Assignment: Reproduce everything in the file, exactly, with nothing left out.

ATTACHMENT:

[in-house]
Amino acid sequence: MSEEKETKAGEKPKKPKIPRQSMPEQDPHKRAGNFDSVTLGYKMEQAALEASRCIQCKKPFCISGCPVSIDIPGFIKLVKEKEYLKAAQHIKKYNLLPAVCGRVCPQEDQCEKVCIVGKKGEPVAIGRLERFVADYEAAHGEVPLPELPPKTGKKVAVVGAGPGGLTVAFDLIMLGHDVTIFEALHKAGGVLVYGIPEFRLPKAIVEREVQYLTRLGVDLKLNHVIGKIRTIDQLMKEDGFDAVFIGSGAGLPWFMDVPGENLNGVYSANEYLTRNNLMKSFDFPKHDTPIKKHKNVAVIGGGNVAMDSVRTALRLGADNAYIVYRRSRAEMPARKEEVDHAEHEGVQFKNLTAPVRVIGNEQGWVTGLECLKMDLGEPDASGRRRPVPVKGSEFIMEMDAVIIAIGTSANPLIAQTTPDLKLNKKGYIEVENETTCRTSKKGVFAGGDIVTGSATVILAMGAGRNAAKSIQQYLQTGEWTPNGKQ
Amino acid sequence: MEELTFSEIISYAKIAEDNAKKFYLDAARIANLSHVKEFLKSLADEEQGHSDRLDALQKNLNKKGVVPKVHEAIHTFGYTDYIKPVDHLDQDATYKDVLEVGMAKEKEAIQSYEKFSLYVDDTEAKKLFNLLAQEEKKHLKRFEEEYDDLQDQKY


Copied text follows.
[in-house]
Amino acid sequence: MSEEKETKAGEKPKKPKIPRQSMPEQDPHKRAGNFDSVTLGYKMEQAALEASRCIQCKKPFCISGCPVSIDIPGFIKLVKEKEYLKAAQHIKKYNLLPAVCGRVCPQEDQCEKVCIVGKKGEPVAIGRLERFVADYEAAHGEVPLPELPPKTGKKVAVVGAGPGGLTVAFDLIMLGHDVTIFEALHKAGGVLVYGIPEFRLPKAIVEREVQYLTRLGVDLKLNHVIGKIRTIDQLMKEDGFDAVFIGSGAGLPWFMDVPGENLNGVYSANEYLTRNNLMKSFDFPKHDTPIKKHKNVAVIGGGNVAMDSVRTALRLGADNAYIVYRRSRAEMPARKEEVDHAEHEGVQFKNLTAPVRVIGNEQGWVTGLECLKMDLGEPDASGRRRPVPVKGSEFIMEMDAVIIAIGTSANPLIAQTTPDLKLNKKGYIEVENETTCRTSKKGVFAGGDIVTGSATVILAMGAGRNAAKSIQQYLQTGEWTPNGKQ
Amino acid sequence: MEELTFSEIISYAKIAEDNAKKFYLDAARIANLSHVKEFLKSLADEEQGHSDRLDALQKNLNKKGVVPKVHEAIHTFGYTDYIKPVDHLDQDATYKDVLEVGMAKEKEAIQSYEKFSLYVDDTEAKKLFNLLAQEEKKHLKRFEEEYDDLQDQKY